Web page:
If you’re selling a home, some of your most important assets are going to be the photos you take of your property. If you’re listing the home on an online platform or showcasing it with the help of a real estate agent, photos are going to form the first impressions of your prospective buyers. People will get excited about your home or instantly pass on it, depending on what they see—regardless of how attractive your home is under usual circumstances.
There are a few useful strategies you can employ when taking and managing photos in anticipation of a home sale.
Hire a Professional
You may have a decent camera and some experience shooting photographs, but it’s usually better to hire a professional than to take images yourself. A professional photographer will cost a bit of money, but they’re going to have better equipment, a better sense for what makes a “good” photo, the potential to come up with better ideas, and better long-term support if they’re willing to touch-up your images on your behalf. Shop around to find a skilled, experienced photographer at a reasonable rate, and aim for someone with experience photographing homes.
Stage the Home as Neutrally as Possible
In anticipation of your photo session, try to stage your home as naturally and neutrally as possible. You likely have lots of personal affects, including artwork on the walls, personal items, and shelves stocked with your favorite books and movies. However, in the interest of appealing to the widest possible range of demographics, it’s best to remove these features and stick to a “basic” version of your home. You may also want to work to arrange the furniture to show off the best aspects of your rooms.
Add a Few Decorative Items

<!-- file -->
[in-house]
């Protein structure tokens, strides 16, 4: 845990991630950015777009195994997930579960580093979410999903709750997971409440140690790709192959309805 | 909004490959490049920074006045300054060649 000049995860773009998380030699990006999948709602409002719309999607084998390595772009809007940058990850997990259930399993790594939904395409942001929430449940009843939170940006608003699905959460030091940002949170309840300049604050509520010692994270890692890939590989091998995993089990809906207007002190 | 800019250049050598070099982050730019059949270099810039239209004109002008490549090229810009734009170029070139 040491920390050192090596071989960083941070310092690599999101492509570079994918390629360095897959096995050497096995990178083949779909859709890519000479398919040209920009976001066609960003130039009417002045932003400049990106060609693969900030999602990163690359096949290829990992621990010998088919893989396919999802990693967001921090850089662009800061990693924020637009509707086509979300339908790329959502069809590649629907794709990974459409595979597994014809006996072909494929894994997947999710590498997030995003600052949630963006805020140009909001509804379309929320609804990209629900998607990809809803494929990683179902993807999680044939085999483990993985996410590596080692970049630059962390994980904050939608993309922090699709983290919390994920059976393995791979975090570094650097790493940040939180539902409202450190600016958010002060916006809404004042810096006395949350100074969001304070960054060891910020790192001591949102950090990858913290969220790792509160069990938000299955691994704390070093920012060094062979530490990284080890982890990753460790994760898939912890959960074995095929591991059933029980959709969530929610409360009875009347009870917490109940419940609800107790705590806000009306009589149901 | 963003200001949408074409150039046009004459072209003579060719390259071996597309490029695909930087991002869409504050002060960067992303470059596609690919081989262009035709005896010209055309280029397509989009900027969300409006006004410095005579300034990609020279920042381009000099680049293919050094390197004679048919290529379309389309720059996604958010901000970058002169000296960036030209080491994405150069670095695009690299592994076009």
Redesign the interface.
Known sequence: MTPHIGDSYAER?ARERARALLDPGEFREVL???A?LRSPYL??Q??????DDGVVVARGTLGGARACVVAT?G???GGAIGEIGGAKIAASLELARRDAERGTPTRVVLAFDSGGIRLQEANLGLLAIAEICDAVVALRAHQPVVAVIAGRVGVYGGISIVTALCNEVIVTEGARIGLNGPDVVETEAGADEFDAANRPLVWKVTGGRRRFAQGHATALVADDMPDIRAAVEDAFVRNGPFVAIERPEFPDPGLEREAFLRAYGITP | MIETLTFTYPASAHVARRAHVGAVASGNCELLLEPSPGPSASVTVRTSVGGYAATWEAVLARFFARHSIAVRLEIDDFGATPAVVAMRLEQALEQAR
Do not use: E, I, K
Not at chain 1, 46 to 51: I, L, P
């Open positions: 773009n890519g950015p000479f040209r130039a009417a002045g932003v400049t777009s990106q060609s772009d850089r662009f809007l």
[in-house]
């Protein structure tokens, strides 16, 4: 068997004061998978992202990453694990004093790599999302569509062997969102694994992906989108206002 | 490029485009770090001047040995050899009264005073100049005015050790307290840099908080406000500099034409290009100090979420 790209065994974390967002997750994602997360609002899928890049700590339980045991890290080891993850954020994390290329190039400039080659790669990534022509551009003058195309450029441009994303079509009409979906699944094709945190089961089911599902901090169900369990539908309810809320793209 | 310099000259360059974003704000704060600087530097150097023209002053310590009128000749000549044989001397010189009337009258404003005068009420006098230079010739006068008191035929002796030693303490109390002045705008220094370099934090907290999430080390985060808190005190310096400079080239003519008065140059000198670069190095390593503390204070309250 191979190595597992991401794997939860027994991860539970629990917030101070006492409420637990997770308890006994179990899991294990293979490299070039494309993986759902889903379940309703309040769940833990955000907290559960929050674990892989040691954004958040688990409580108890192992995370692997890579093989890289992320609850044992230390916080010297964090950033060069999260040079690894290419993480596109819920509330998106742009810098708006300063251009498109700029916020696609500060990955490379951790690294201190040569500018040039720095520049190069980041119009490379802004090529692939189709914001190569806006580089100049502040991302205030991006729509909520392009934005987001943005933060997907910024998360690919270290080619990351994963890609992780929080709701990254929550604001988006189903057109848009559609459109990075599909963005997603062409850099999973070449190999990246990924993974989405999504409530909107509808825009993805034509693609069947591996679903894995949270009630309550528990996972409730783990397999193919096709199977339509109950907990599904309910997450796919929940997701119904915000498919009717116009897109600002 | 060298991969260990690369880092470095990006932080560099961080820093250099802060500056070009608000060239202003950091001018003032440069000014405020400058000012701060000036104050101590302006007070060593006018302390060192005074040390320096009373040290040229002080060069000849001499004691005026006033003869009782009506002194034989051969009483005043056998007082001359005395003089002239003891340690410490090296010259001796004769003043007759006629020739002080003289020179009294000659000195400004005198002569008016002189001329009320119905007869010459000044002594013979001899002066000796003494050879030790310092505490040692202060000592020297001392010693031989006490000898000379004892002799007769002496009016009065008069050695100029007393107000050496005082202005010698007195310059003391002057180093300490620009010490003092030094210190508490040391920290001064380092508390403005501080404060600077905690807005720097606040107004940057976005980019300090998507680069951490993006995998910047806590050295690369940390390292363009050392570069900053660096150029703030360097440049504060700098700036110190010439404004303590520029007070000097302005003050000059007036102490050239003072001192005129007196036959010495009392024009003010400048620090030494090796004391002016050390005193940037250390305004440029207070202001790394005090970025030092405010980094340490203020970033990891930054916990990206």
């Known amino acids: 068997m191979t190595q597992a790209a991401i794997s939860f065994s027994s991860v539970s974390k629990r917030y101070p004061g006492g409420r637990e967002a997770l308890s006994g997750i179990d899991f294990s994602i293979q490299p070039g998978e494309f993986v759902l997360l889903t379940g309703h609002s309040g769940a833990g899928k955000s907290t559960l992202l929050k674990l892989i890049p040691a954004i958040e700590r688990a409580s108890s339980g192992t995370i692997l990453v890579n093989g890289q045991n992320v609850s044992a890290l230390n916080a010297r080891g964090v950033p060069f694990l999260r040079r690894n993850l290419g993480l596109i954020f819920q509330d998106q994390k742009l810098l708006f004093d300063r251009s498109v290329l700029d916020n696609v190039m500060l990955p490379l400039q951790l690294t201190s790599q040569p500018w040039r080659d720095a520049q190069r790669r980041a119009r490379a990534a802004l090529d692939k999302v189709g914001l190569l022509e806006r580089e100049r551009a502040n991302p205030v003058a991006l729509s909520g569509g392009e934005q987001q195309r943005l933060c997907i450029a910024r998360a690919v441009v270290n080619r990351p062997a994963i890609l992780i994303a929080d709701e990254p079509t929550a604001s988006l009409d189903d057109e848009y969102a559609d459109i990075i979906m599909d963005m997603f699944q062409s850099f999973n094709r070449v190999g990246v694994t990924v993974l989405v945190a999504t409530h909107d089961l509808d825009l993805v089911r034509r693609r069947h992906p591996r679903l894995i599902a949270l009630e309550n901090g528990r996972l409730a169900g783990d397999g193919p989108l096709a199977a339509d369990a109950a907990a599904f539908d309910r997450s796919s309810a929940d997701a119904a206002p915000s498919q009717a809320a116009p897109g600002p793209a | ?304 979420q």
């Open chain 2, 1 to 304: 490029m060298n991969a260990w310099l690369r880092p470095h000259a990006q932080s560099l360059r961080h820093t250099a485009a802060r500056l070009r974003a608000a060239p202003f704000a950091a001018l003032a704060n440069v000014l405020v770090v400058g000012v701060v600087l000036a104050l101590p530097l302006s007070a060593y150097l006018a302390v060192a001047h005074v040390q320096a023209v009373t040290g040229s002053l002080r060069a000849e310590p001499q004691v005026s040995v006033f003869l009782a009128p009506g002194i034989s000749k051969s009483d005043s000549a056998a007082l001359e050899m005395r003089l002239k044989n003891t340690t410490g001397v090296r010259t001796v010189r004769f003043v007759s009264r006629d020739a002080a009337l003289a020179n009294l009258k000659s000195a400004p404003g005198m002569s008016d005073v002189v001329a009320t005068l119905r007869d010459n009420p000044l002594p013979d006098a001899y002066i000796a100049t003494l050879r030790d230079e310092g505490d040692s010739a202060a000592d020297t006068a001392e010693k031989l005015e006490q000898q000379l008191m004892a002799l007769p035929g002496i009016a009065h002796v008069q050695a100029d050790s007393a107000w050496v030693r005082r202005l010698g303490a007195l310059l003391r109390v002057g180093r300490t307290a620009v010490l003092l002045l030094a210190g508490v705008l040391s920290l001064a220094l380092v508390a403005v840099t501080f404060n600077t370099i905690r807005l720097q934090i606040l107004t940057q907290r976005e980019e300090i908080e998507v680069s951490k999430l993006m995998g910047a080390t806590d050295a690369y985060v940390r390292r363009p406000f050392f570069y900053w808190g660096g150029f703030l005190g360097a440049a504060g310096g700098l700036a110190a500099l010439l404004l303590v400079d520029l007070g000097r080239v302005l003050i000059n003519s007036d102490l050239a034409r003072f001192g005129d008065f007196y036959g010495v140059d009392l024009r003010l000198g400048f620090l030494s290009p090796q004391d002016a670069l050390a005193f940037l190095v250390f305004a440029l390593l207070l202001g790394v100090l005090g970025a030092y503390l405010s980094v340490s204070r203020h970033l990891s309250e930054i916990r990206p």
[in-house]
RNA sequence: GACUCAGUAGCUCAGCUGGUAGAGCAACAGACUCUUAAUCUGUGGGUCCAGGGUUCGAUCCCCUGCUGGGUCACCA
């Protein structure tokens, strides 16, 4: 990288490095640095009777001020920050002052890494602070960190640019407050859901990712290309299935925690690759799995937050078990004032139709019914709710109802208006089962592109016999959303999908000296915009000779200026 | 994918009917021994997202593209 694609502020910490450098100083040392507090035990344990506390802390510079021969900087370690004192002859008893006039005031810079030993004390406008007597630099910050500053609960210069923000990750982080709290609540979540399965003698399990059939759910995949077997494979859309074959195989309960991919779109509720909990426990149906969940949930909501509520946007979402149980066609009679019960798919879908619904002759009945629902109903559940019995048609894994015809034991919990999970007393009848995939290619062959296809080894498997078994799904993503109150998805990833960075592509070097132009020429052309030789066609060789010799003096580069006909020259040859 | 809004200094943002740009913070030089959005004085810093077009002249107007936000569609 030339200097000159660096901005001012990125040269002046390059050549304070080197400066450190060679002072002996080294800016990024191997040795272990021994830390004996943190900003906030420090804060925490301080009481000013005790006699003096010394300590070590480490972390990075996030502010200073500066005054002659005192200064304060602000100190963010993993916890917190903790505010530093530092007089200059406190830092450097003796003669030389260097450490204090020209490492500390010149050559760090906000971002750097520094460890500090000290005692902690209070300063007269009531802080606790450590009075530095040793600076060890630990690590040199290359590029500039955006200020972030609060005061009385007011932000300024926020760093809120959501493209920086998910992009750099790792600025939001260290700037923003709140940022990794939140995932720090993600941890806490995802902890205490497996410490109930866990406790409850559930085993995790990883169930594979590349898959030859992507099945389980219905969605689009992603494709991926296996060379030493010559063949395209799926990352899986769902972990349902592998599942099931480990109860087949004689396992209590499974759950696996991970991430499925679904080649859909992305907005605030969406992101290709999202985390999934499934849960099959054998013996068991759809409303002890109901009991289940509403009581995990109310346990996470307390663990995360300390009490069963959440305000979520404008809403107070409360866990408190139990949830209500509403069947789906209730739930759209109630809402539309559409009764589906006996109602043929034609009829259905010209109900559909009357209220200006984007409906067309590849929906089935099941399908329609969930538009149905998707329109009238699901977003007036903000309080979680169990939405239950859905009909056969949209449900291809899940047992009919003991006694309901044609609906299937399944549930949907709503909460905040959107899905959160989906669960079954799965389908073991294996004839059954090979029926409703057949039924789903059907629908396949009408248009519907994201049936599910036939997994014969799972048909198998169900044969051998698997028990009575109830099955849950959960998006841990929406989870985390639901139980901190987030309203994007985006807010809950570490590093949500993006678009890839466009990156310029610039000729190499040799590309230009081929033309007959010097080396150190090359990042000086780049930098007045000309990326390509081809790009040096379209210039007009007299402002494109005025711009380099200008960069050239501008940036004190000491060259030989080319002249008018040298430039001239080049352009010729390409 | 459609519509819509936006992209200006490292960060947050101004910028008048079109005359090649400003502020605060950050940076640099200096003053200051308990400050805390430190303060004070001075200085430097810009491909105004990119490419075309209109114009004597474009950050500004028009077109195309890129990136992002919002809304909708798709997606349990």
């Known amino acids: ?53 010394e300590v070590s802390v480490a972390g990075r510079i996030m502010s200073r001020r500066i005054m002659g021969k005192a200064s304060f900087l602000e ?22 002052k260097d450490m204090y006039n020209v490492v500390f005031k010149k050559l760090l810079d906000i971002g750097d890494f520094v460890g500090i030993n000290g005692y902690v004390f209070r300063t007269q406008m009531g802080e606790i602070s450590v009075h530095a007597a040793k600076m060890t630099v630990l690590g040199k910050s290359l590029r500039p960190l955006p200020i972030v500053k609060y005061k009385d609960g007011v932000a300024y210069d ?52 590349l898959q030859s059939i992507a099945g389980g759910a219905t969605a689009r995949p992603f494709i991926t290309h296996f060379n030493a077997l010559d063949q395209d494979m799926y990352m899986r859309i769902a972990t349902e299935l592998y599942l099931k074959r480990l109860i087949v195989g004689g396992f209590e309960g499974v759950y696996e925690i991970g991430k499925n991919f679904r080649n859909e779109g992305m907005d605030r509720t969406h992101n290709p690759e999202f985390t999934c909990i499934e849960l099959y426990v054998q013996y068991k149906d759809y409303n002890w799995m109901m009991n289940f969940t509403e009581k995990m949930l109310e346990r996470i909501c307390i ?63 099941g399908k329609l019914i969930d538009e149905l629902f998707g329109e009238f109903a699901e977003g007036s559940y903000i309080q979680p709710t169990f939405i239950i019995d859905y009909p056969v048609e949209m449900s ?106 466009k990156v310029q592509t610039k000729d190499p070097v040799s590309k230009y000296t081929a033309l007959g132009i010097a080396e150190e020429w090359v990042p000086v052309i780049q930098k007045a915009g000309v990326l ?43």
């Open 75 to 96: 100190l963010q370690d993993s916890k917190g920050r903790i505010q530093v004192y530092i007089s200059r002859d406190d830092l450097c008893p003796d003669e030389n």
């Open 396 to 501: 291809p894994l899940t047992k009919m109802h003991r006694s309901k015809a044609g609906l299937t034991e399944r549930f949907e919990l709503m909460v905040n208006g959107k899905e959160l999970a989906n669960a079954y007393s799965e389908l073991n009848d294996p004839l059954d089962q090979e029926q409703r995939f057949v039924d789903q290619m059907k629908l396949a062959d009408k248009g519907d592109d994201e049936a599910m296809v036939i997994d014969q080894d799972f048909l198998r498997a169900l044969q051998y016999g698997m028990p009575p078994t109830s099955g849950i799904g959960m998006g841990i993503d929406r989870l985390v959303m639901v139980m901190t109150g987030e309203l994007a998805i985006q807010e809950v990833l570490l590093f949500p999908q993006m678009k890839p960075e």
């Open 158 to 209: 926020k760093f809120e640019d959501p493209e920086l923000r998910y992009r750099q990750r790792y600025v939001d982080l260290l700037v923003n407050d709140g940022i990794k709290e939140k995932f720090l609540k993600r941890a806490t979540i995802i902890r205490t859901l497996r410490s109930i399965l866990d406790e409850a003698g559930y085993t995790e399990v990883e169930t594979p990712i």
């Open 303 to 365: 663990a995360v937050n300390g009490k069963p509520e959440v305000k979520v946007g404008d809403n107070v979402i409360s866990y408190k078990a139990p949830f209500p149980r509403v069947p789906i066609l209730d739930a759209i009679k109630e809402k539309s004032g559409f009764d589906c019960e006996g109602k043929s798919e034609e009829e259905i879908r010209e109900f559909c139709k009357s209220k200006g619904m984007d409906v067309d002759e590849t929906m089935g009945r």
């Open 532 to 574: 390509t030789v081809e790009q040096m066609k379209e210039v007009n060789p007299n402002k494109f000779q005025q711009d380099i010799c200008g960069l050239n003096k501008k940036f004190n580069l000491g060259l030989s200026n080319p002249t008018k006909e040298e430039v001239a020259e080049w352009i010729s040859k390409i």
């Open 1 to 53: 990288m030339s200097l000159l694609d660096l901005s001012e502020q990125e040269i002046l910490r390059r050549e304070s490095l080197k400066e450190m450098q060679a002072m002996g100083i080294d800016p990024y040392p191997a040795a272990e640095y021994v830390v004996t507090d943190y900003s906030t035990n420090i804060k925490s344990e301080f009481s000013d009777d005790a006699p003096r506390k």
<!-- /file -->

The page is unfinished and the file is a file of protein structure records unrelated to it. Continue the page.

That said, you can make your photos pop by adding a few, well-placed decorative items. For example, you could install a tasteful fireplace screen to make your living room seem more inviting, or a vase full of colorful flowers to make your dining room come alive. Try to place these so they highlight some of the best features of your home, but don’t make them too ostentatious or polarizing.
Frame the Photos to Maximize Perception of Space
Next, make sure you’re taking photos in a way that maximizes the subjective perception of space. For example, it’s usually better to take a photo of a room in the doorway, giving you the widest possible angle of the room’s contents. It’s also wise to take a knee, and snap some photos closer to ground level; it can make the room seem bigger, and show off the room from a unique angle.
Take Photos With the Right Lighting
Lighting can make or break your home’s photos, so spend some time getting it right. In the absence of any clearer or more compelling strategy, try to utilize the brightest natural light possible—and wait for the right time of day, if need be. You can complement this or substitute it, in some cases, by setting up and capitalizing on bright artificial lights. Depending on the nature of your home, certain rooms (or the exterior of your home) could benefit from a night shot or two as well.
Take Some Close-Ups
While many of your shots will be from a distance, there’s an advantage in taking a few closeups. For example, you might take a close-up photo of a unique mantle, or of the new cabinetry in the kitchen. When these shots are mixed into your wider room shots, it can really make the personality of your home come alive.
Always Take More Than You Need
This is a general rule in photography, but always take more photos than you feel you need. If you’re only going to include 20 photos in your listing, take 200, capturing images from multiple angles and with multiple kinds of lighting. That way, you’ll have a higher probability of eventually capturing the “perfect” image. You can always throw out the photos that don’t work.
Don’t Be Afraid to Touch Things Up
Finally, don’t hesitate to jump into a photo editor and touch things up. Tweaking the lighting, smoothing over a blemish that you plan to repair, or removing something unsightly can make any image instantly better. Just make sure you don’t doctor the photos so intensely that they unfairly represent your property.
With the right photos, your home is going to attract much more positive attention—and hopefully, sell for a higher price. You may need to experiment a bit, relying on multiple photography sessions and a rotating roster of photos, but eventually you’ll land on a lineup that shows the best possible side of your home.